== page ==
Haitians Decry Kidnappings of American Nurse, Daughter

They were seized last week
By Newser Editors and Wire Services
Posted Jul 31, 2023 5:25 PM CDT
In Haiti, Thousands Protest Kidnappings, Gang Violence
A girl carries a sign that reads in Creole "Free school is broken. Release the nurse," during a march Monday in Haiti.   (AP Photo/Odelyn Joseph)

Chants of "freedom" echoed Monday through the streets outside an aid facility in Haiti's capital, where just days earlier an American nurse and her daughter were kidnapped by armed men. Hundreds of Haitians marched through the gang-ravaged zone of Port-au-Prince, bursting with anger at the abduction, which has become a symbol of the worsening violence plaguing the Caribbean nation, the AP reports. Alix Dorsainvil of New Hampshire had been working as a community nurse for the religious and humanitarian aid group El Roi Haiti when she and her daughter were taken from its campus on Thursday, the organization said. She is the wife of its founder, Sandro Dorsainvil.

Members of the community said the unidentified kidnappers asked for $1 million in ransom, something that's become standard among the gangs. A State Department spokesman would not say whether the abductors had made any demands. Hundreds of people have been kidnapping in Haiti this year alone, figures from the local nonprofit Center for Analysis and Research in Human Rights show. Since the assassination of President Jovenel Moïse in 2021, gangs have taken over much of Port-au-Prince, killing, raping, and sowing terror in communities already suffering endemic poverty. The violence has stirred anger among Haitians who say they want to live in peace, per the AP.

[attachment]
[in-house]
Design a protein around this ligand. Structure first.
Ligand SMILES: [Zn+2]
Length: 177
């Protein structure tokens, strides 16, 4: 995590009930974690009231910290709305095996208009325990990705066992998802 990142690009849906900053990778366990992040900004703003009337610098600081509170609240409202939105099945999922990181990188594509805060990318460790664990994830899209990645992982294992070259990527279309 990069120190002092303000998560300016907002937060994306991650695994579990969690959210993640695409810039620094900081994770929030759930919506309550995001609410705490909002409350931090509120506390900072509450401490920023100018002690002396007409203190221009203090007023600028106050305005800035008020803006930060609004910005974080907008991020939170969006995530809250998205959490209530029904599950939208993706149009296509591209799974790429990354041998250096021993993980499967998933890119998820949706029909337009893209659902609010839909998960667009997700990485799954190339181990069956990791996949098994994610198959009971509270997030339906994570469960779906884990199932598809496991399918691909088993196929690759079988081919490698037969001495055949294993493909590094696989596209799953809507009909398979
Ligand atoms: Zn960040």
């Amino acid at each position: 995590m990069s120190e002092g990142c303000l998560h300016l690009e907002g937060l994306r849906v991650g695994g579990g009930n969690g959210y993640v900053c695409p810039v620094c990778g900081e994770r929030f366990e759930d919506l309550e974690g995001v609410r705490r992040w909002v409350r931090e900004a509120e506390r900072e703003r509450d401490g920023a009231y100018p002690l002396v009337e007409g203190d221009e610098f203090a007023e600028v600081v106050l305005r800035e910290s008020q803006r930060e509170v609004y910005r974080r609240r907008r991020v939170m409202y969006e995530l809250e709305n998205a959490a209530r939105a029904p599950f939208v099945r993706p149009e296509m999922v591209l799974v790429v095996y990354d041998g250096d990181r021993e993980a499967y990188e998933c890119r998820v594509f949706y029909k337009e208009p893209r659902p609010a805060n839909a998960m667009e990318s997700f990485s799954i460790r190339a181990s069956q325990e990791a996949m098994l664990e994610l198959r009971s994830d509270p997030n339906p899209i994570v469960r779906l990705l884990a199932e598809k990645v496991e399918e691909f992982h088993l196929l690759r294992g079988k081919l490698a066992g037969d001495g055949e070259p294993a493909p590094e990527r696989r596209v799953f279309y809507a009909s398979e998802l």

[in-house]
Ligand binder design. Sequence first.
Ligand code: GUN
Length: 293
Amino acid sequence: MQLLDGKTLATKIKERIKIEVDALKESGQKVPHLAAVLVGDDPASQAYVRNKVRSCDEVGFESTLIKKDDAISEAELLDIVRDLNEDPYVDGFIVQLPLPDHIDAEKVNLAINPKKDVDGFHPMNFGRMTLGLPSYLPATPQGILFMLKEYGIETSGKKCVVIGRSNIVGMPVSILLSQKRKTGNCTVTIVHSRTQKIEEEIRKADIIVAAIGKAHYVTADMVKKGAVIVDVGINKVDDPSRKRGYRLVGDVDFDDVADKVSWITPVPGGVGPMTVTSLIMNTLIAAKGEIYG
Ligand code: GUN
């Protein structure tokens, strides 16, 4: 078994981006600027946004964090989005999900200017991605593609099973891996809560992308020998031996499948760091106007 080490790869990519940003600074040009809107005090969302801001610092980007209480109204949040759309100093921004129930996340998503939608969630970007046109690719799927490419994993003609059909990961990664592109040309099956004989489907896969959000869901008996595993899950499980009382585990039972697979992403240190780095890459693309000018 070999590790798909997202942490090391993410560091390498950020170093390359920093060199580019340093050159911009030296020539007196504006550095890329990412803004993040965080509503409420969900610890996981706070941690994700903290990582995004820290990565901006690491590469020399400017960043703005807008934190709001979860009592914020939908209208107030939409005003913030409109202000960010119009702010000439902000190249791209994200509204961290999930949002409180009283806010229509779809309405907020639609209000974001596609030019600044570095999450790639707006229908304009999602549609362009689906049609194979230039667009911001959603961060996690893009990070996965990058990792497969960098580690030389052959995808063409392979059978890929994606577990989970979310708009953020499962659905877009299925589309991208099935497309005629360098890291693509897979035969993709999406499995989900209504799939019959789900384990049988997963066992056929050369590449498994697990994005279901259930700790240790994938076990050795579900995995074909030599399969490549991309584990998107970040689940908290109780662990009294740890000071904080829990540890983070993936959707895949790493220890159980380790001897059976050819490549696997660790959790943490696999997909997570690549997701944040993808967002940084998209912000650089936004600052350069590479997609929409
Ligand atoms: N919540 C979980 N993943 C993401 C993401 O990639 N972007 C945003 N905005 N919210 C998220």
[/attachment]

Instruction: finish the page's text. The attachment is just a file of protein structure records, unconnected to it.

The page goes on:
Protesters, largely from nearby El Roi Haiti's campus—which includes a medical clinic, a school and more—echoed that call as they walked through the sweltering streets wielding cardboard signs written in Creole in red paint. "She is doing good work in the community, free her," read one. Among the protesters was Jean Ronald, a resident who said the community has significantly benefitted from the care provided by El Roi Haiti. Such groups are often the only institutions in areas far beyond the reach of the law but have increasingly had to close as violence has deepened. The closures often leave thousands of families without basic services like health care or education. "If they leave, everything (the aid group's programs) will shut down," Ronald said. "The money they are asking for, we don't have it."

(More Haiti stories.)

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